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Learning-by-Doing, Organizational Forgetting, and Industry Dynamics

  • David Besanko
  • Ulrich Doraszelski
  • Yaroslav Kryukov
  • Mark Satterthwaite

Learning-by-doing and organizational forgetting have been shown to be important in a variety of industrial settings. This paper provides a general model of dynamic competition that accounts for these economic fundamentals and shows how they shape industry structure and dynamics. Previously obtained results regarding the dominance properties of firms' pricing behaviour no longer hold in this more general setting. We show that organizational forgetting does not simply negate learning-by-doing. Rather, learning-by-doing and organizational forgetting are distinct economic forces. In particular, a model with both learning-by-doing and organizational forgetting can give rise to aggressive pricing behaviour, market dominance, and multiple equilibria, whereas a model with learning-by-doing alone cannot.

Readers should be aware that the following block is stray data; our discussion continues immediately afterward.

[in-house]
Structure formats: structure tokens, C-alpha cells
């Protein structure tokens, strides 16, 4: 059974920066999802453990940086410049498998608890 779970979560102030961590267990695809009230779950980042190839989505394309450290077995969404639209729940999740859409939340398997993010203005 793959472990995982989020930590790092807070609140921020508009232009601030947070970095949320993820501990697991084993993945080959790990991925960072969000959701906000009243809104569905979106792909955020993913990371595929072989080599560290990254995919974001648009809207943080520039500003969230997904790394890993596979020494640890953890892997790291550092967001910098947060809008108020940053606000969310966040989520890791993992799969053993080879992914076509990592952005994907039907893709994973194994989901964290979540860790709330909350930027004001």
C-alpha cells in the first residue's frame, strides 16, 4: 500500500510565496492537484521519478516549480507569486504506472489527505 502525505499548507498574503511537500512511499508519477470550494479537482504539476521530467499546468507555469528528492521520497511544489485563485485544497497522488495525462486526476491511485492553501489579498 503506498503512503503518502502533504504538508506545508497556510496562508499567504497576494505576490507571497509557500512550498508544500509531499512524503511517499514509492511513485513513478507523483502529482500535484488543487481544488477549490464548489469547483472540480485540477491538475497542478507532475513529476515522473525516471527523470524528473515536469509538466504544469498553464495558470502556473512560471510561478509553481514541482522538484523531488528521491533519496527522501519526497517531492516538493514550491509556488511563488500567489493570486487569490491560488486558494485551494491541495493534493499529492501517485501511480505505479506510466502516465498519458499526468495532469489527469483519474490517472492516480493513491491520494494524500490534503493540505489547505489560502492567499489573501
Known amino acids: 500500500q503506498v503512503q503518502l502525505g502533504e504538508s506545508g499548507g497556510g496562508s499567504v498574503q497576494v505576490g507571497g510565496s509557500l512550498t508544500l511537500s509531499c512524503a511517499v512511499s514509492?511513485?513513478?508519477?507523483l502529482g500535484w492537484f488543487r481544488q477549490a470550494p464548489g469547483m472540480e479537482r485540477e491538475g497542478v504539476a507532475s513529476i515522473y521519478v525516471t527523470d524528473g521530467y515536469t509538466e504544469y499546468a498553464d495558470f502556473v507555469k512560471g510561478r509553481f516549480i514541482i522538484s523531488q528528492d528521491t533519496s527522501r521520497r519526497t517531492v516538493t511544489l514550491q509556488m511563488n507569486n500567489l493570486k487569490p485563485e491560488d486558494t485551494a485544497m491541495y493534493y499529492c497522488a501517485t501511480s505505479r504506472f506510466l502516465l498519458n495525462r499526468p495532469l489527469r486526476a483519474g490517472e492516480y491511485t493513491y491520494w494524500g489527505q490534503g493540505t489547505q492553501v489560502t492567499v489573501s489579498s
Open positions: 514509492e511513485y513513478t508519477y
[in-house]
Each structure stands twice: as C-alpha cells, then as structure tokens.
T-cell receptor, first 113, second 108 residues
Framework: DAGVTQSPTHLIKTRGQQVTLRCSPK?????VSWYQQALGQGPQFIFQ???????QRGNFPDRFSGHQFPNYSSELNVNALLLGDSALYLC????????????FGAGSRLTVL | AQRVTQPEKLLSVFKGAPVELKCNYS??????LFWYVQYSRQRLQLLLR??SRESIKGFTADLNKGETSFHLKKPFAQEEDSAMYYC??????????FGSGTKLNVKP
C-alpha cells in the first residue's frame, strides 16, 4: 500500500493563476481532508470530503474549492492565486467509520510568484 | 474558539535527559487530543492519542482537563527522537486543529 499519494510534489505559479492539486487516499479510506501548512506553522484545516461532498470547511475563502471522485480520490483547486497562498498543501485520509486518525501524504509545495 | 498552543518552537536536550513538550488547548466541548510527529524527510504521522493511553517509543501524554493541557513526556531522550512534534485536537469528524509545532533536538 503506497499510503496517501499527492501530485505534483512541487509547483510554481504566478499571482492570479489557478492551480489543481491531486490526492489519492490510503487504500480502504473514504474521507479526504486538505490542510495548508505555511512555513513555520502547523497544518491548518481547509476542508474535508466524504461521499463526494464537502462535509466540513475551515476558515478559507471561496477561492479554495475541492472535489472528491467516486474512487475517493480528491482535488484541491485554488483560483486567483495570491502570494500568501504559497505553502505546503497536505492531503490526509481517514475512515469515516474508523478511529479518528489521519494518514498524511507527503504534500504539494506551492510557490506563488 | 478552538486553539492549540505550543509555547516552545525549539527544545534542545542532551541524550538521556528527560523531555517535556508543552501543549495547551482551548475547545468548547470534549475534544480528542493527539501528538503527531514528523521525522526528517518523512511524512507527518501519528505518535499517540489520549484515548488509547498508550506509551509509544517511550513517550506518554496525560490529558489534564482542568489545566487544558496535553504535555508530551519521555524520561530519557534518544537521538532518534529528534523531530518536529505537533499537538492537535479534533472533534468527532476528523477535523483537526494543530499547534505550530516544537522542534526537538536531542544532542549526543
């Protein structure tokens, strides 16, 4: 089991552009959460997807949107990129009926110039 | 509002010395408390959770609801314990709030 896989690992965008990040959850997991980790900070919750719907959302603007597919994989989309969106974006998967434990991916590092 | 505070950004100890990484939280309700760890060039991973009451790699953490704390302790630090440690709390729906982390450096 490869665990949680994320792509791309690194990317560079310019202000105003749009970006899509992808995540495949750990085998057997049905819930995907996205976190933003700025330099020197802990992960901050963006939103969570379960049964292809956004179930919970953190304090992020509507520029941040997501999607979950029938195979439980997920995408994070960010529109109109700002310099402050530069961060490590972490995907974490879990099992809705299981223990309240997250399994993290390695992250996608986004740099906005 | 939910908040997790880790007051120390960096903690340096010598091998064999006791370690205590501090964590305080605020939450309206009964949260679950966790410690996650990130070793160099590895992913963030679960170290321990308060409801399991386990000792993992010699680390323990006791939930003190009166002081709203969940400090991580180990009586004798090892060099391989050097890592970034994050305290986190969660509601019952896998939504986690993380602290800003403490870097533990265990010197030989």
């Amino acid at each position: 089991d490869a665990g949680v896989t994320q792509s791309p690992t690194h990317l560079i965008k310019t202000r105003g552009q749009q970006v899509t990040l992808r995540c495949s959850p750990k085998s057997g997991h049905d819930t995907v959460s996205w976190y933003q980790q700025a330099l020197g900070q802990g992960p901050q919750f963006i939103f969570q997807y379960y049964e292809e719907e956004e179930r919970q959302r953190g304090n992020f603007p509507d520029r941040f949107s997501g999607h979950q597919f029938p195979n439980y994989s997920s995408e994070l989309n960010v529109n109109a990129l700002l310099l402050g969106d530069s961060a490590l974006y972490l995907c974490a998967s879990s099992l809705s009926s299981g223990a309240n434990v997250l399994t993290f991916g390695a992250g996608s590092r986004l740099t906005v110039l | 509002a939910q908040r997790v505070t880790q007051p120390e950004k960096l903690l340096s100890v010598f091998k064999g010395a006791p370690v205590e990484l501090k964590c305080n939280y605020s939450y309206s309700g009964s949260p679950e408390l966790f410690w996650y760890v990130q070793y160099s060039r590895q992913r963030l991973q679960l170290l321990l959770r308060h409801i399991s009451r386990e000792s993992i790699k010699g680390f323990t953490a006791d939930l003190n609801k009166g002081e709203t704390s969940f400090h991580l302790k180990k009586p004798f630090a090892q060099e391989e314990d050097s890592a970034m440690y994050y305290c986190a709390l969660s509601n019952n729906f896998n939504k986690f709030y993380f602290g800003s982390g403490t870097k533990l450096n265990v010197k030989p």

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Paper provided by UCLA Department of Economics in its series Levine's Bibliography with number 321307000000000903.

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Date of creation: 14 Mar 2007
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Handle: RePEc:cla:levrem:321307000000000903
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